How to handle anxiety and stress in the workplace 

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We all feel anxious sometimes. 

And it can actually be helpful, since it's our body's way of reacting to stress and it helps us to prepare for action.

"Anxiety is a normal emotion that is characterized by tension and worry, and it often involves bodily changes that prepare us for action," says David Sbarra, Professor of Clinical Training in the UA Department of Psychology. "In small doses, anxiety is healthy and can be quite motivating."

But, when anxiety starts to take over and become excessive, it could indicate a disorder, Sbarra adds. 

Signs of anxiety disorder

If you're not sure whether your feelings of anxiety are becoming disordered, watch for these signs.

  • An exaggerated sense of fear or panic in the absence of a threat
  • Panic attacks that are characterized by intense terror or fear, often accompanied by intense physical symptoms like a racing heart, sweaty palms, dry mouth, dizziness and sometimes feeling like you can't catch your breath.
  • Avoidance of social situations due to fear of evaluation or negative judgments from others.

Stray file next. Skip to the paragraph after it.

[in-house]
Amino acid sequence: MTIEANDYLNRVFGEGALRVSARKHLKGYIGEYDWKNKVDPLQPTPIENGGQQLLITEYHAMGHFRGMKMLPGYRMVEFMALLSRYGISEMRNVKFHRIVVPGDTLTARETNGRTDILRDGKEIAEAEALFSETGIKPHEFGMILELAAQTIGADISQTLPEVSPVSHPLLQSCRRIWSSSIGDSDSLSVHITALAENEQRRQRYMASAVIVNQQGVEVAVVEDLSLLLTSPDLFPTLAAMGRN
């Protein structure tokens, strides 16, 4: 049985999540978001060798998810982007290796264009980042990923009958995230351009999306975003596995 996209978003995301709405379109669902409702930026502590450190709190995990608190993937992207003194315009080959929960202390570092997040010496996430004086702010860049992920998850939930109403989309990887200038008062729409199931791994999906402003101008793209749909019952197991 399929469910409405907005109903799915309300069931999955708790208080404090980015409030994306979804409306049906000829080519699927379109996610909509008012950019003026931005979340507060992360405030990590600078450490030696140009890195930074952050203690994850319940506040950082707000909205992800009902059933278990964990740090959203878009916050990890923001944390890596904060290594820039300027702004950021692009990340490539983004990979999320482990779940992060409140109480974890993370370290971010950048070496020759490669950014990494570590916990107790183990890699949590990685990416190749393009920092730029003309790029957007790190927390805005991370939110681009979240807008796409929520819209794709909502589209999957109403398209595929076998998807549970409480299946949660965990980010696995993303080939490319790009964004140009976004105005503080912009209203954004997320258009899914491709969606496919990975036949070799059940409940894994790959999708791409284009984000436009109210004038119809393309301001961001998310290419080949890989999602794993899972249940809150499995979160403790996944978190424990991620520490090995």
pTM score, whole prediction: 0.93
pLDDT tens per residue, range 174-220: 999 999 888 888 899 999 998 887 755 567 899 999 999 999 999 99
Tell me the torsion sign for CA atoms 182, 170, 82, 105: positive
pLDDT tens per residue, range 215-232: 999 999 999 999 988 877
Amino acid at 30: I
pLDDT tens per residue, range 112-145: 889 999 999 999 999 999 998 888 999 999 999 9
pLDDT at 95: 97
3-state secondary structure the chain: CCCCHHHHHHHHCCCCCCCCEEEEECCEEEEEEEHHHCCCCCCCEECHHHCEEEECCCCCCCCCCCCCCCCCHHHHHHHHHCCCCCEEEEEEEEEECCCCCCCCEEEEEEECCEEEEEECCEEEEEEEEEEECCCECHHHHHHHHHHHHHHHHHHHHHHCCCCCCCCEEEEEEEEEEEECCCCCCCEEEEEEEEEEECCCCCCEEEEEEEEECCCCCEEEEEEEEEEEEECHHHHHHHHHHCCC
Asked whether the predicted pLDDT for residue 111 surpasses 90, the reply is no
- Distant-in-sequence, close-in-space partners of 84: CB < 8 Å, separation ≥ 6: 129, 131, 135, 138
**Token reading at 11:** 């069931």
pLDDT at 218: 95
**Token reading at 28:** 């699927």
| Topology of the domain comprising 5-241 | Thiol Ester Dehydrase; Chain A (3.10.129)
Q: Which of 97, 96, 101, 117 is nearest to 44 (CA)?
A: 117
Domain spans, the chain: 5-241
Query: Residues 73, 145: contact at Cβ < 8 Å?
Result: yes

• Sleep disturbance or restlessness
  • Trouble concentrating and becoming preoccupied by worry

What can I do to ease symptoms at home?

The release of endorphins can help reduces stress and anxiety. 

There are some things you can do to self-soothe. 

Mark Person, program manager of Community Mental Health and Addiction for the Pima County Health Department suggests the following:

  • Concentrate on a healthy diet with regular meals.
  • Track your sleeping habits and make adjustments to maximize the amount of sleep you're getting.
  • Incorporate exercise into your routine.
  • Get outdoors and take breaks when feeling anxious.
  • Limit alcohol and caffeine.
  • Pay attention to what triggers your anxiety. Understanding the source helps reduce the impact. 

When should I get professional help? 

"The best practice is to seek help early as soon as you suspect something feels wrong," Person says. "Never wait to see if it gets worse or goes away."

Especially if anxiety starts to interfere or interrupt your daily life, Sbarra says. That includes functioning at work, relationships, school or your pursuit of goals.

Get help with a mental health assessment by CPES Novelles  

If you think you might have anxiety disorder, get more help with an assessment by CPES Novelles and find a local therapist who can help.

As a leader in community behavioral health CPES Novelles psychologists can test for things like: ADHD, autism, depression, anxiety disorders, PTSD, eating disorders, addictive and substance disorders and more. The CPES Psychological Assessment Center takes public and private insurance and referrals from a wide range of professionals as well as self and family referrals. 

Click here to see the full list or call 1-833-537-CPES (2737) to make an appointment today.

Angela Pittenger | This Is Tucson